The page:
verb scanned scanned
, scans verb, transitive
- To examine closely.
- To look over quickly and systematically: scanning the horizon for signs of land.
- To look over or leaf through hastily: scanned the newspaper while eating breakfast.
- To analyze (verse) into metrical patterns.
a. To move a finely focused beam of light or electrons in a systematic pattern over (a surface) in order to reproduce or sense and subsequently transmit an image.
b. To move a radar beam in a systematic pattern over (a sector of sky) in search of a target.
- Computer Science To search (stored data) automatically for specific data.
- Medicine To examine (a body or body part) with a CAT scanner or similar scanning apparatus.
- To digitally encode (text, for example) with an optical scanner.
- To analyze verse into metrical patterns.
- To conform to a metrical pattern.
- Electronics To undergo electronic scanning.
- The act or an instance of scanning.
- Scope or field of vision.
a. Examination of a body or body part by a CAT scanner or similar scanning apparatus.
b. A picture or image produced by this means.
- A single sweep of the beam of electrons across a television screen.
Origin: Middle English scanden, scannen, to scan a verse
Origin: , from Latin scandere, to climb, scan a verse; see skand- in Indo-European roots
Related Forms:Word History:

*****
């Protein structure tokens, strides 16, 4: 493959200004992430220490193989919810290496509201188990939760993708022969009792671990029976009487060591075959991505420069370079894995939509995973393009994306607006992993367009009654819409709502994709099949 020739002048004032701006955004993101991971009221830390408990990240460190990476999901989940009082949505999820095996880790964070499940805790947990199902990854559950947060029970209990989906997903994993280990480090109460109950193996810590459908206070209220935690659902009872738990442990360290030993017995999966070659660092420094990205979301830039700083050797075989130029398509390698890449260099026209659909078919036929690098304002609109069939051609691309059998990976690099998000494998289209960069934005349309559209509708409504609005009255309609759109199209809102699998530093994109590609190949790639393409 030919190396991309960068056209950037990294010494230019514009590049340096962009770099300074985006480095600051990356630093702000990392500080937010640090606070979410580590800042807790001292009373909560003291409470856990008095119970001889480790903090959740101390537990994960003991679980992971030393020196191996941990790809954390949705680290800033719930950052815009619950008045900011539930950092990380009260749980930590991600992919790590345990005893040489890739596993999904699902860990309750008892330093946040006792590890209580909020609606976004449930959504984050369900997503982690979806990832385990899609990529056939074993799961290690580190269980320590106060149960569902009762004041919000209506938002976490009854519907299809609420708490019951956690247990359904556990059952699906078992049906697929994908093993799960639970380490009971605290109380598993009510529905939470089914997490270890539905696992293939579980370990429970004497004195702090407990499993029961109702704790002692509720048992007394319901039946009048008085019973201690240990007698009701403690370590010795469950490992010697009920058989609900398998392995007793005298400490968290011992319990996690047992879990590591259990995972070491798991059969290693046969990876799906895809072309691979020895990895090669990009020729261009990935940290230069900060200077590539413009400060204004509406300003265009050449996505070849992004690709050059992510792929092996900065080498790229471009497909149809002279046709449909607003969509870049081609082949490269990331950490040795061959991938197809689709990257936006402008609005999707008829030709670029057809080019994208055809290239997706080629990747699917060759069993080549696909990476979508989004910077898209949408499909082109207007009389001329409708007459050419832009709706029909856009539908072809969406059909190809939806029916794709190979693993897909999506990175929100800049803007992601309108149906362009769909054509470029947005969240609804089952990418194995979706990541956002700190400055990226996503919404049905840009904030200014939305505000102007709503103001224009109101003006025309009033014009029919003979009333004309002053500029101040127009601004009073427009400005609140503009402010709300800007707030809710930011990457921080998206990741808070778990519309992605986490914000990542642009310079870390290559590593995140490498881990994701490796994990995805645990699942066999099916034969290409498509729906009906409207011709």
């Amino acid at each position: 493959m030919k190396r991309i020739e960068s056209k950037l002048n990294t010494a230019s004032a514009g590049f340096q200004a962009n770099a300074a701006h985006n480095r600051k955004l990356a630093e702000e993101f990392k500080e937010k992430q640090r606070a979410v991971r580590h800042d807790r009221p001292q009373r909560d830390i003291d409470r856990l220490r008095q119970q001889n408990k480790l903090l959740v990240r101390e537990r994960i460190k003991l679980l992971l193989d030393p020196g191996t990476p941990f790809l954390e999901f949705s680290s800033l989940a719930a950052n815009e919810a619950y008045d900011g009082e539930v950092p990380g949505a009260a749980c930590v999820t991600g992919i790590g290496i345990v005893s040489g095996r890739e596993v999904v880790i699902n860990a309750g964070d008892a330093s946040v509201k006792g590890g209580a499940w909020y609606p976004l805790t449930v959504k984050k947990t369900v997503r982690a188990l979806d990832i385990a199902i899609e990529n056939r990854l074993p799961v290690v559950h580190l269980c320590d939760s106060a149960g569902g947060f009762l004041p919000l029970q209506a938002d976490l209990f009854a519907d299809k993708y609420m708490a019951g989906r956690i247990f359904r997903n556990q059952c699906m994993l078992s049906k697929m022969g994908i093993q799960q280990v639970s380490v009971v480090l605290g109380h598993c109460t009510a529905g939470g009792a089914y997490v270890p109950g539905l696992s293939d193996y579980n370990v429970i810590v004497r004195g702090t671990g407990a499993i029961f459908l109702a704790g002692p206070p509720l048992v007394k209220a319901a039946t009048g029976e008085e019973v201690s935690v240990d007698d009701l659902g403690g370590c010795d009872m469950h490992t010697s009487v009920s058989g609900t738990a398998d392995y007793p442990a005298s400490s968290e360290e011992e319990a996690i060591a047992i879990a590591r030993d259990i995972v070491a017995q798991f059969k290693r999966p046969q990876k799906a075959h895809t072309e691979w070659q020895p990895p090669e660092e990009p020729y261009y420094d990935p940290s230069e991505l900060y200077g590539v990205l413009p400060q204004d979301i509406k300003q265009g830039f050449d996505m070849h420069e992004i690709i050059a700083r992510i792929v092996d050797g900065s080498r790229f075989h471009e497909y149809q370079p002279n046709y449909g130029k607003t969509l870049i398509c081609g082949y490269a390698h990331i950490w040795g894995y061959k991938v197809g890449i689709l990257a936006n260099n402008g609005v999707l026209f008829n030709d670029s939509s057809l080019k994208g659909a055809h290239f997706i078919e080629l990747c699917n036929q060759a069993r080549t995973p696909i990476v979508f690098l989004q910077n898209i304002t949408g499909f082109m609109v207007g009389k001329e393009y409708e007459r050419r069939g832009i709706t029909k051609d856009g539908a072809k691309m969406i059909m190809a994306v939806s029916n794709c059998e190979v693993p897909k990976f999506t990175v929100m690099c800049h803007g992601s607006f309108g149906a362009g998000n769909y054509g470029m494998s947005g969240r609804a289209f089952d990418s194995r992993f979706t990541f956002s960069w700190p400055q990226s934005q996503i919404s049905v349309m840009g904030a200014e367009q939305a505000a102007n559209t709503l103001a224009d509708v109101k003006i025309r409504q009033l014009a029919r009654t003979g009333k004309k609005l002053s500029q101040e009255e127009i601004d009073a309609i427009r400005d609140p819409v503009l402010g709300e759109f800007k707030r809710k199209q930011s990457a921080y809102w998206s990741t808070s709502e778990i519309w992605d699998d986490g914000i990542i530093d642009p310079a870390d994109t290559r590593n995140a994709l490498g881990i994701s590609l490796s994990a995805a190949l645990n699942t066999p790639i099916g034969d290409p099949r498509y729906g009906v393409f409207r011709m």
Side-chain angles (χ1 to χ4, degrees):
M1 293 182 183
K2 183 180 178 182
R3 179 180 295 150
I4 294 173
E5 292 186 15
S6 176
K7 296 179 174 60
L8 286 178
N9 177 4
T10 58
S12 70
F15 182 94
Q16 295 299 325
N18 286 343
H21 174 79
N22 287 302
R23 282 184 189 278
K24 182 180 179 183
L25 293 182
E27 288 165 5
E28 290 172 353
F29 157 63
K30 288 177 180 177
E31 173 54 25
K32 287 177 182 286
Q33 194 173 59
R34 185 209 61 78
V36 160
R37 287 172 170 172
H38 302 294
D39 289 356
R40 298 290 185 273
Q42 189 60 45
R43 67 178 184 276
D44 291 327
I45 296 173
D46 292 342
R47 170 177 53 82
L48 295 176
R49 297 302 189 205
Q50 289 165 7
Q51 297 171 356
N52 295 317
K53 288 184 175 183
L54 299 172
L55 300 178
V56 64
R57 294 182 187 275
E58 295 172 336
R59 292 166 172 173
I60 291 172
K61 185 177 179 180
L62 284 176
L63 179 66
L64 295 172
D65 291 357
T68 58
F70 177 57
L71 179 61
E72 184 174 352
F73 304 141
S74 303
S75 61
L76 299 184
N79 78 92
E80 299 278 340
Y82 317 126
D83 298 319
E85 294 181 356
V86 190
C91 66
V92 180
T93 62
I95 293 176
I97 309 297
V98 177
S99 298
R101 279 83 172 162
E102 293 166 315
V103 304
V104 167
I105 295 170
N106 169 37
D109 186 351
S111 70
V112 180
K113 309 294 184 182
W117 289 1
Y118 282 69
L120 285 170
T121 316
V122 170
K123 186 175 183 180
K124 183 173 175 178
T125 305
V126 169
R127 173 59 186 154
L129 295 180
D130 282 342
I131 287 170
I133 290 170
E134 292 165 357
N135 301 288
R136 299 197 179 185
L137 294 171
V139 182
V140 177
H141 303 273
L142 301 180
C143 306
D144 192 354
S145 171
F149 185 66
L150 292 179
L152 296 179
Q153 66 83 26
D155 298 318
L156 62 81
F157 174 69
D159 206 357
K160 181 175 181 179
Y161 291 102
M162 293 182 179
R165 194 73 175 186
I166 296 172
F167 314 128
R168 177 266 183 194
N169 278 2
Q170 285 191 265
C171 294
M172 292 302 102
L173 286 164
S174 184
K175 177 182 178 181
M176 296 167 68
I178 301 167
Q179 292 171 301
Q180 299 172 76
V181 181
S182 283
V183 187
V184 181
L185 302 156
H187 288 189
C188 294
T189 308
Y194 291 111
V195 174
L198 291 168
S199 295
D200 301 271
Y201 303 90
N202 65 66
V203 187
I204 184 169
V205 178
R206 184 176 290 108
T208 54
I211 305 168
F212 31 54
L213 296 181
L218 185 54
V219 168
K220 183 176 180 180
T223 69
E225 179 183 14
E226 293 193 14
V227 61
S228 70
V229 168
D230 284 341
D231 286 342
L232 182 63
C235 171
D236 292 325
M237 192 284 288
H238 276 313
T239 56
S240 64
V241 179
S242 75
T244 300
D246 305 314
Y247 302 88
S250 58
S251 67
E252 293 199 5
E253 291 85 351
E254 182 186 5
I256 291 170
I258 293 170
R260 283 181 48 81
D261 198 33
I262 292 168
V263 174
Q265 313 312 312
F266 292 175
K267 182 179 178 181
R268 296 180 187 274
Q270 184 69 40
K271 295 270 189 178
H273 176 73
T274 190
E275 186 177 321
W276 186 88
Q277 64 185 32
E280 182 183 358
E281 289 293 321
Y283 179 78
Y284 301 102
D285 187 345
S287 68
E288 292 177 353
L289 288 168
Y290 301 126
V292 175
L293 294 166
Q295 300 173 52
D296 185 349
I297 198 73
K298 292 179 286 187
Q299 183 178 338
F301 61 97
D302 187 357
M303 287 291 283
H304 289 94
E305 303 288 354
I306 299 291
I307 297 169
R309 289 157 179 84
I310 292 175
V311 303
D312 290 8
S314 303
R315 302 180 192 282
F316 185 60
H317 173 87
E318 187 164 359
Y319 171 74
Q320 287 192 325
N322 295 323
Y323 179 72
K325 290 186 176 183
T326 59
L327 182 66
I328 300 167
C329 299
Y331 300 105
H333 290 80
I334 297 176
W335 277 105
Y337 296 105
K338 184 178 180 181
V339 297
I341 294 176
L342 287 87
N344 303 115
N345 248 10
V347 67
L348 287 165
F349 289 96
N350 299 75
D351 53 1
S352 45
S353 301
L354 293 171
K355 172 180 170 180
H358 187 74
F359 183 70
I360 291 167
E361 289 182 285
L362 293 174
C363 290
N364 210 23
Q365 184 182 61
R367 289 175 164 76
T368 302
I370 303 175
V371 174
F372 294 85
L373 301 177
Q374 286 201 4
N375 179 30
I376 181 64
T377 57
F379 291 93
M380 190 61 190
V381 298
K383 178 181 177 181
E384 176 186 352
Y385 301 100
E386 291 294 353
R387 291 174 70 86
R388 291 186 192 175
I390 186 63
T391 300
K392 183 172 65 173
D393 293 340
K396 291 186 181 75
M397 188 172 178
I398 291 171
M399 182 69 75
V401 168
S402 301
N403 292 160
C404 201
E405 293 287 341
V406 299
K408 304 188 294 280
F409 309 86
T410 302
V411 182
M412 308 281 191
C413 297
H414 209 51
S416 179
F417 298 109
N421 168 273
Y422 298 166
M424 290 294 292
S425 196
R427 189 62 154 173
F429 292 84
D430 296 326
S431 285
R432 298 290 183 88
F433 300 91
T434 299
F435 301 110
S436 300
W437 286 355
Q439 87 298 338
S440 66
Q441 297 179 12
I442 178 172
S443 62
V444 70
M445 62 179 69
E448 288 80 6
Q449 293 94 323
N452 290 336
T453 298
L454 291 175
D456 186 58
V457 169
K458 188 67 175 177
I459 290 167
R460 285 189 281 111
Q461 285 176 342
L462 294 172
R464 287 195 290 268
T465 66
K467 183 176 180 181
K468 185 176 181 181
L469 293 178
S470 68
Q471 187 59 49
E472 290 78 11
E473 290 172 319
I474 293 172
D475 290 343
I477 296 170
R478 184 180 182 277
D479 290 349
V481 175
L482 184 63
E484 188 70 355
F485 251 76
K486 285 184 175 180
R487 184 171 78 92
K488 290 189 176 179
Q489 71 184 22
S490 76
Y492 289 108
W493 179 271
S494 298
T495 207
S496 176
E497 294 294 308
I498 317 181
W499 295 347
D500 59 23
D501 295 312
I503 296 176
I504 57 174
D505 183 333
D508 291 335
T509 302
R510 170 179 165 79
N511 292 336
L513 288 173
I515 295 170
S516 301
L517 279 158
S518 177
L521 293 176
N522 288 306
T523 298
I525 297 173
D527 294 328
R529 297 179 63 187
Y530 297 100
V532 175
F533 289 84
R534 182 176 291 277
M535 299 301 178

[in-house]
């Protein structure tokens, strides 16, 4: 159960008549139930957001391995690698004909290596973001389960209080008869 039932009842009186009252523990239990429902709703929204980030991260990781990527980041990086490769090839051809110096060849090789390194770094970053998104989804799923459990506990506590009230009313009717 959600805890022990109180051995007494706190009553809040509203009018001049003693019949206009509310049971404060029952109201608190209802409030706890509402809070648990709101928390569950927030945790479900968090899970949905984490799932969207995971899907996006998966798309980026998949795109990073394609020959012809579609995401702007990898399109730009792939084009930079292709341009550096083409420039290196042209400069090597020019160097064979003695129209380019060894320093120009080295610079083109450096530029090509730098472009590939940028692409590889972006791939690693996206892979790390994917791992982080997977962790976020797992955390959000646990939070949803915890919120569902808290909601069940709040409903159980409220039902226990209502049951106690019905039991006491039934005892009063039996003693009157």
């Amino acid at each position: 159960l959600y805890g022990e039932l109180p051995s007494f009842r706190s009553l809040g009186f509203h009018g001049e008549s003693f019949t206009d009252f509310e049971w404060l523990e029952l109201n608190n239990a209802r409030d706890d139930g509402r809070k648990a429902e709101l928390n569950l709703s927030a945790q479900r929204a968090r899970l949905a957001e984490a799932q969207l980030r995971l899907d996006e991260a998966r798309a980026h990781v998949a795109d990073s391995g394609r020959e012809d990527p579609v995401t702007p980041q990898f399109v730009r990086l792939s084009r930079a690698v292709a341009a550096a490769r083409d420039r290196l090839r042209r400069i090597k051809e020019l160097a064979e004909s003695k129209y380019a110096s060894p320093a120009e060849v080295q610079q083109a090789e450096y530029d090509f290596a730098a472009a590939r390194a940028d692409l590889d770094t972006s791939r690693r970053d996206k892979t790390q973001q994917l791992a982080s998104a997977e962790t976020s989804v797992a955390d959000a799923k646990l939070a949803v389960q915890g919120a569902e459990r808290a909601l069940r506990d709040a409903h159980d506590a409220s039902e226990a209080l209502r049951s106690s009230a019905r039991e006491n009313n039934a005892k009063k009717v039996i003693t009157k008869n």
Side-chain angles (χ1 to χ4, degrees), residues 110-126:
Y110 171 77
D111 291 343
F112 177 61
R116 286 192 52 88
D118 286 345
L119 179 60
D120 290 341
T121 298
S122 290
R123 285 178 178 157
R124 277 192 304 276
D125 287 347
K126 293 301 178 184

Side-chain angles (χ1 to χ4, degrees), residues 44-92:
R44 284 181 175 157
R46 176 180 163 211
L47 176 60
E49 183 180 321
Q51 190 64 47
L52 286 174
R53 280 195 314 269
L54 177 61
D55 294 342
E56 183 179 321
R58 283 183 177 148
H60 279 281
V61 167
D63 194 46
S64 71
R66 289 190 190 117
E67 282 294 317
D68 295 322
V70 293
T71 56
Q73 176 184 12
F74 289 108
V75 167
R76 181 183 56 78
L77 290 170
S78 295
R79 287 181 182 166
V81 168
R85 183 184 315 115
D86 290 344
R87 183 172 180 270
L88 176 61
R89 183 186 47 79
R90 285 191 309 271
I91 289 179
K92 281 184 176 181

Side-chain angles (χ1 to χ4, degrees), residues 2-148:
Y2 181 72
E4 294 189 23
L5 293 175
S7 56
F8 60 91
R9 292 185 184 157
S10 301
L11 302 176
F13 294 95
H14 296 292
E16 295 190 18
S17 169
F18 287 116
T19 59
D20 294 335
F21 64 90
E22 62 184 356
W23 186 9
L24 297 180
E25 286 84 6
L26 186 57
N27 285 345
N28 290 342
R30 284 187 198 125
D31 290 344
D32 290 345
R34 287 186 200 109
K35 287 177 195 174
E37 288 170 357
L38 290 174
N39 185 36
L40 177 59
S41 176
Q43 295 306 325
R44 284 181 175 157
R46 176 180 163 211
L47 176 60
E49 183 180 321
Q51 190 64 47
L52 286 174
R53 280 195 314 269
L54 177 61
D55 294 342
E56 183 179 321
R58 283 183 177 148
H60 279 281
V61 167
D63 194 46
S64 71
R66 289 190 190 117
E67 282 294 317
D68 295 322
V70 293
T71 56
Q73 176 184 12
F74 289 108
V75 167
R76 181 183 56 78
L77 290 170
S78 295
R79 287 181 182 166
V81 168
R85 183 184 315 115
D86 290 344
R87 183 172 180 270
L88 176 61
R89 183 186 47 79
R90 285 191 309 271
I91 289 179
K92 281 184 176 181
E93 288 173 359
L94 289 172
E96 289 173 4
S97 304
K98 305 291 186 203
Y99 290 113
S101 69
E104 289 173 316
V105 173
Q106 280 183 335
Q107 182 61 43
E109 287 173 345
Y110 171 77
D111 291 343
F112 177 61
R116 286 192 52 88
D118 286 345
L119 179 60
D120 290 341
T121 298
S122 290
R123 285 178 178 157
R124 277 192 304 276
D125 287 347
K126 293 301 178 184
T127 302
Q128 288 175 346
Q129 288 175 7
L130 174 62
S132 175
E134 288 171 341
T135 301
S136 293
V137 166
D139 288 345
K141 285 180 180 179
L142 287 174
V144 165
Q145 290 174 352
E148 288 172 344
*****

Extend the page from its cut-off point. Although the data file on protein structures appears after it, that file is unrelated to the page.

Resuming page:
In the 1969 edition of The American Heritage Dictionary
a dead issue was buried by our Usage Panel, 85 percent of whom thought it was acceptable to use scan
in the sense “to look over quickly,” though the note stated that this was less formal usage. The usage issue was raised because scan
in an earlier sense meant “to examine closely.” From a historical perspective it is easy to see how these two opposite senses of scan
developed. The source of our word, Latin scandere,
which meant “to climb,” came to mean “to scan a verse of poetry,” because one could beat the rhythm by lifting and putting down one's foot. The Middle English verb scannen,
derived from scandere,
came into Middle English in this sense (first recorded in a text composed before 1398). In the 16th century this highly specialized sense having to do with the close analysis of verse developed other senses, such as “to criticize, examine minutely, interpret, perceive.” From these senses having to do with examination and perception, it was an easy step to the sense “to look at searchingly” (first recorded in 1798), perhaps harking back still to the careful detailed work involved in analyzing prosody. The sense of looking something over to find a specific set of things was eventually broadened to include looking over the surface of something, with or without close scrutiny of the details. From this was born the modern usage of scan
as a verb meaning “look over quickly.”